Painting a picture of the past
Neighbors sat down one day to visit with Herman Schroeder in his Bethany Towers room in Fargo. Herman, 101 (he'll be 102 in June), farmed most of his life. Tell us about it, Herman. OK. But first, he announces, "Lunch is in an hour. I don't want ...
Neighbors sat down one day to visit with Herman Schroeder in his Bethany Towers room in Fargo.
Herman, 101 (he'll be 102 in June), farmed most of his life. Tell us about it, Herman.
OK. But first, he announces, "Lunch is in an hour. I don't want to miss that."
That covered, he reminisces about growing up on a farm at Bordulac, near Carrington, N.D.
Herman was the second youngest of six kids: five boys, one girl. He's the only one still living.
He thinks back to his early years, when most farms had windmills to pump water; a cistern; a cooking stove reservoir to make warm water; and when his parents' phone signal was "four shorts," meaning four short rings.
More memories: "Most farmers had silos for silage," he says. "Today they put silage on the ground and cover it with hay or straw.
"Women had to haul hot water for the washing machine; today you push buttons and the washing machine goes.
"Our neighbor had a team of two horses. One would pull but the other one bucked. It took a while to get them to work together. It gave a little excitement for a little while.
"No electricity and no refrigerators then; we cut ice from the river, put it in a dugout in the ground, covered it with straw. We had an icebox to keep food cool."
When winter came, neighbors got together for a party. They often rolled up the rugs and danced, with someone who knew how to play a musical instrument providing the music. "I could chord on the piano," Herman says.
Herman attended a one-room school for a short time. "The teacher had to do the janitor work, too," he says. "We had to use the outhouse. No running water. We had to go to a neighbor's farm for drinking water."
After the second grade, Herman was transferred to the school in Bordulac, where he went through eighth grade.
His father had died when he was 6, so it fell to the oldest boy to help his mother run the farm. When that boy married and left, the next oldest boy took over. Eventually it was Herman's turn.
He also worked for a neighbor. He put in long hours of hard work and was paid $500 for a year.
One day a girl named Pearl Krueger, from Sheldon, N.D., came to the Bordulac area to work for farmers' wives. She and Herman met and they married in 1934.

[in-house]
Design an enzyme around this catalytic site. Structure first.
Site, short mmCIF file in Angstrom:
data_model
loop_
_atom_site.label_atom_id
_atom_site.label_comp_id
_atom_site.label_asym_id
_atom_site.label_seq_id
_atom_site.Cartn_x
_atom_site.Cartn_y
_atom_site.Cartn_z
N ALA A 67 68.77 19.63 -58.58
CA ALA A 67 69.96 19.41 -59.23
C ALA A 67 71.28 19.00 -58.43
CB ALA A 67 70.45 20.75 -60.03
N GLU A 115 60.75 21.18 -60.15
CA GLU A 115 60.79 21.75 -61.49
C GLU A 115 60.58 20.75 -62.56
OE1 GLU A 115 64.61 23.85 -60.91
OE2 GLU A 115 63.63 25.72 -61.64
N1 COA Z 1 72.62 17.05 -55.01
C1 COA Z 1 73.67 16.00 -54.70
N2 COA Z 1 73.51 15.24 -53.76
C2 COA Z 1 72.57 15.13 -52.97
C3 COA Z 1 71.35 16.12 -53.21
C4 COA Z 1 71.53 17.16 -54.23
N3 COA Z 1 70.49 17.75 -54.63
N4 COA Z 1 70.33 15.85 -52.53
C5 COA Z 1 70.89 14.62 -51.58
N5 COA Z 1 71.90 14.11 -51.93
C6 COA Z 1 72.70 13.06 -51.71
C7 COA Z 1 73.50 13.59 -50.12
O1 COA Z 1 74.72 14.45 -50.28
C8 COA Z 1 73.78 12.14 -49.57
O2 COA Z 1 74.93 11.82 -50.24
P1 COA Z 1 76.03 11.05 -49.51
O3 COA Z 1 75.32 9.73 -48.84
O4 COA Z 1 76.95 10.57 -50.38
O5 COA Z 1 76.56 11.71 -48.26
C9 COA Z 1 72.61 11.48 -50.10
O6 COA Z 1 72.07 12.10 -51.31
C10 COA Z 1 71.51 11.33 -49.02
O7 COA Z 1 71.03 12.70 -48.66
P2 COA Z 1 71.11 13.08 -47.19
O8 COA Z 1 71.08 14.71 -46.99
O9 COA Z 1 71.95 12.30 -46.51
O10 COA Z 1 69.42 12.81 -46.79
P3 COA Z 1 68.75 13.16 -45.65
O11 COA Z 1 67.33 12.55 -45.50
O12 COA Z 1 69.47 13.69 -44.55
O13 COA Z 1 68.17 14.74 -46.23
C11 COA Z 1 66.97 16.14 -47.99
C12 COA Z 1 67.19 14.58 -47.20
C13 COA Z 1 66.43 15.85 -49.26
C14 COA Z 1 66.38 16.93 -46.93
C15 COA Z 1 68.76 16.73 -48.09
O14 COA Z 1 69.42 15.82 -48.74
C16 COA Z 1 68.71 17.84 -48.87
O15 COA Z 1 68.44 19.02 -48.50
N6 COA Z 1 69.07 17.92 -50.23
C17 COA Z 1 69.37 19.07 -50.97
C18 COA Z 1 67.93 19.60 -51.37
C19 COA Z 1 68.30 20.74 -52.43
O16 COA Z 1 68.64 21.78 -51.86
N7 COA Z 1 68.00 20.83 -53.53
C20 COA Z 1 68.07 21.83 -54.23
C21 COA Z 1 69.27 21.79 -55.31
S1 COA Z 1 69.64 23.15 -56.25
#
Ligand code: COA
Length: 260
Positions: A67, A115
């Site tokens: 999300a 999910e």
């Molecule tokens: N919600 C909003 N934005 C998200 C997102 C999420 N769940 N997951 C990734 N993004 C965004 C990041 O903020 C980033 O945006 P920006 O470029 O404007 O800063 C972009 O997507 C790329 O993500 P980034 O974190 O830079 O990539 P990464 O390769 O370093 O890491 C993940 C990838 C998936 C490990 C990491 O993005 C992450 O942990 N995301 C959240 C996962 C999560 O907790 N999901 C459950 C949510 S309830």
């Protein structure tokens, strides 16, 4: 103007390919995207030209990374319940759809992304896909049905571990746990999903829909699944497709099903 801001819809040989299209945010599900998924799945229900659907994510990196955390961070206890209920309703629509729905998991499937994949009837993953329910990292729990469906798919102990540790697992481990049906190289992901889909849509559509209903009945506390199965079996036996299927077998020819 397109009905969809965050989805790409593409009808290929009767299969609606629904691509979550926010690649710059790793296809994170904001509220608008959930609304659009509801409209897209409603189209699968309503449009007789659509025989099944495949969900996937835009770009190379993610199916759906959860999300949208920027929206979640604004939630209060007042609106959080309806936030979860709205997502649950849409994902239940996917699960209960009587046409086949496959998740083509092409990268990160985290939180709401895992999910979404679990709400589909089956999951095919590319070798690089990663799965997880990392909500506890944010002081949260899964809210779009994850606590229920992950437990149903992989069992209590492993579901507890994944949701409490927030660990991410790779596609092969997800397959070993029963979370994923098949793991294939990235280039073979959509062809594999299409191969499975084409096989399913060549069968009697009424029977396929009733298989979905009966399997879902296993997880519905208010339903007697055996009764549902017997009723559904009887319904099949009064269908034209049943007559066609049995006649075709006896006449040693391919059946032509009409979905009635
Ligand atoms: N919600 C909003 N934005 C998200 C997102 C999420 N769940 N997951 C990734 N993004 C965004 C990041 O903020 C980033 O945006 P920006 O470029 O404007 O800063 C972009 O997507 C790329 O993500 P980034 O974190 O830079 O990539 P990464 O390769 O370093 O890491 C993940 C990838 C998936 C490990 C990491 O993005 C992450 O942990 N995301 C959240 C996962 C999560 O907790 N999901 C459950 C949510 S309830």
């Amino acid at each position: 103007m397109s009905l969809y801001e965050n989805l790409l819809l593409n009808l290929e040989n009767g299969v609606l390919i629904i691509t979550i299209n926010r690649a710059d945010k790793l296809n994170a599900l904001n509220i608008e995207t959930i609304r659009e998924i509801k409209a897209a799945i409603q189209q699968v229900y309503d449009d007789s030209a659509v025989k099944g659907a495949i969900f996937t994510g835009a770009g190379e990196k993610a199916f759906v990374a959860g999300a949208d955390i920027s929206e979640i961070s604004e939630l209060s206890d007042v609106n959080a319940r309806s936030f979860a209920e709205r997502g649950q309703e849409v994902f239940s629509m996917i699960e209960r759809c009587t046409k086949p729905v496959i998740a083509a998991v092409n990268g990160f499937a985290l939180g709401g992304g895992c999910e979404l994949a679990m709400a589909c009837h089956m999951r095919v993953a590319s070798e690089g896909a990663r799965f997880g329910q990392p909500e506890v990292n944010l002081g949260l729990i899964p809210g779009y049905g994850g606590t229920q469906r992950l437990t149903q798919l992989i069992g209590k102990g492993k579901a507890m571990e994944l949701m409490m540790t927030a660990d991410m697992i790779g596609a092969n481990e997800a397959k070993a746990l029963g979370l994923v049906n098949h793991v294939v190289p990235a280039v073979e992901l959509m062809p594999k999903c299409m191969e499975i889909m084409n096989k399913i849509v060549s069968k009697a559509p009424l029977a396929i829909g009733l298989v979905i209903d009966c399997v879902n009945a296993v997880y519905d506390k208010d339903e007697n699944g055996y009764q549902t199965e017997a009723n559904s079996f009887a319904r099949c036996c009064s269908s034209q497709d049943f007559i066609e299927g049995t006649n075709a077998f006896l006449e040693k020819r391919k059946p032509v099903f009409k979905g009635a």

Herman rented his mother-in-law's farm at Sheldon for two years, then bought it. "Some guys had a nest egg, but I didn't," he says. "I had to borrow to pay for the farm, the cattle and some machinery."
Herman and Pearl had three sons: Leslie, still on the farm at Sheldon; Donald, Fergus Falls, Minn.; and Richard, Bellingham, Wash.
Herman retired in 1974 but stayed on the farm for a while to help Les.
Pearl died in 2004. Herman has lived at Bethany for four years.
He doesn't miss farming at all: "Too much work," he says.
He spends his days reading the paper and watching TV, primarily news programs and Minnesota Twins baseball games, a team that worries him when it doesn't do well.
In 2006, Herman was grand marshal of the parade during Sheldon's 125th anniversary bash. He told the Enderlin (N.D.) Independent newspaper then that he'd lived so long because he never smoked, that he loved fishing, and that he guessed for the upcoming parade they would expect him to "show off a bit and wave a lot."
Meeting the deadline
On the wall of Herman's room is a plaque reading "Grandpa is another name for love." Grandpa Herman divides his love among six grandchildren, three great-grandchildren and one great-great grandchild. Sure, he's proud of them, he says.
Then the interview ends. Just in time for lunch.
If you have an item of interest for this column, mail it to Neighbors, The Forum, Box 2020, Fargo, N.D. 58107; fax it to 241-5487; or e-mail firstname.lastname@example.org